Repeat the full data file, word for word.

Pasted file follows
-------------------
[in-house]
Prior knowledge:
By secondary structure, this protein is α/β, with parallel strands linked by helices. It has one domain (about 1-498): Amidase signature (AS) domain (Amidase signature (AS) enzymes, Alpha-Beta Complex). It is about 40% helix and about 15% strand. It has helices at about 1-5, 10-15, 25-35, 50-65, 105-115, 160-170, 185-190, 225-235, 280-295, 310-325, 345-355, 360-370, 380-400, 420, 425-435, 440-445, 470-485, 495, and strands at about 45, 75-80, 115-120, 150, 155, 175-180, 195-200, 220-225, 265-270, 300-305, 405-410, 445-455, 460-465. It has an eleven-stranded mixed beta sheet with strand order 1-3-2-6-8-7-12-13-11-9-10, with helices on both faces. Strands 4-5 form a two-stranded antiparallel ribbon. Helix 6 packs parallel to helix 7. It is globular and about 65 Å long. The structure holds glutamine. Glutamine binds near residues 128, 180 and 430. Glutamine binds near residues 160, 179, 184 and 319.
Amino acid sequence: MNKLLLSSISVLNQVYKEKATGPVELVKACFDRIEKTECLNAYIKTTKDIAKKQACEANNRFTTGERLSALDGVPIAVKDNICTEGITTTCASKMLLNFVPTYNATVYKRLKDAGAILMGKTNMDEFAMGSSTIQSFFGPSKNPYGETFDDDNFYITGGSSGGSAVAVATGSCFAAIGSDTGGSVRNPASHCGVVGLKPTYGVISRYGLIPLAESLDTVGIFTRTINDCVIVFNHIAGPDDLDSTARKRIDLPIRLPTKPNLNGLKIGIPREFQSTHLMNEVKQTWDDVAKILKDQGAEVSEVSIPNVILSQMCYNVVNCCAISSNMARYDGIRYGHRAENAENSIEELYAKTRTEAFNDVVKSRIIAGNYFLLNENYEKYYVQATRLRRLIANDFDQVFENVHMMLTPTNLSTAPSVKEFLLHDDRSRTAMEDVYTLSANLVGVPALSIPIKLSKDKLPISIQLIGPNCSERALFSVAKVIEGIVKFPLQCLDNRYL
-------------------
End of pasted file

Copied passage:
[in-house]
Prior knowledge:
By secondary structure, this protein is α/β, with parallel strands linked by helices. It has one domain (about 1-498): Amidase signature (AS) domain (Amidase signature (AS) enzymes, Alpha-Beta Complex). It is about 40% helix and about 15% strand. It has helices at about 1-5, 10-15, 25-35, 50-65, 105-115, 160-170, 185-190, 225-235, 280-295, 310-325, 345-355, 360-370, 380-400, 420, 425-435, 440-445, 470-485, 495, and strands at about 45, 75-80, 115-120, 150, 155, 175-180, 195-200, 220-225, 265-270, 300-305, 405-410, 445-455, 460-465. It has an eleven-stranded mixed beta sheet with strand order 1-3-2-6-8-7-12-13-11-9-10, with helices on both faces. Strands 4-5 form a two-stranded antiparallel ribbon. Helix 6 packs parallel to helix 7. It is globular and about 65 Å long. The structure holds glutamine. Glutamine binds near residues 128, 180 and 430. Glutamine binds near residues 160, 179, 184 and 319.
Amino acid sequence: MNKLLLSSISVLNQVYKEKATGPVELVKACFDRIEKTECLNAYIKTTKDIAKKQACEANNRFTTGERLSALDGVPIAVKDNICTEGITTTCASKMLLNFVPTYNATVYKRLKDAGAILMGKTNMDEFAMGSSTIQSFFGPSKNPYGETFDDDNFYITGGSSGGSAVAVATGSCFAAIGSDTGGSVRNPASHCGVVGLKPTYGVISRYGLIPLAESLDTVGIFTRTINDCVIVFNHIAGPDDLDSTARKRIDLPIRLPTKPNLNGLKIGIPREFQSTHLMNEVKQTWDDVAKILKDQGAEVSEVSIPNVILSQMCYNVVNCCAISSNMARYDGIRYGHRAENAENSIEELYAKTRTEAFNDVVKSRIIAGNYFLLNENYEKYYVQATRLRRLIANDFDQVFENVHMMLTPTNLSTAPSVKEFLLHDDRSRTAMEDVYTLSANLVGVPALSIPIKLSKDKLPISIQLIGPNCSERALFSVAKVIEGIVKFPLQCLDNRYL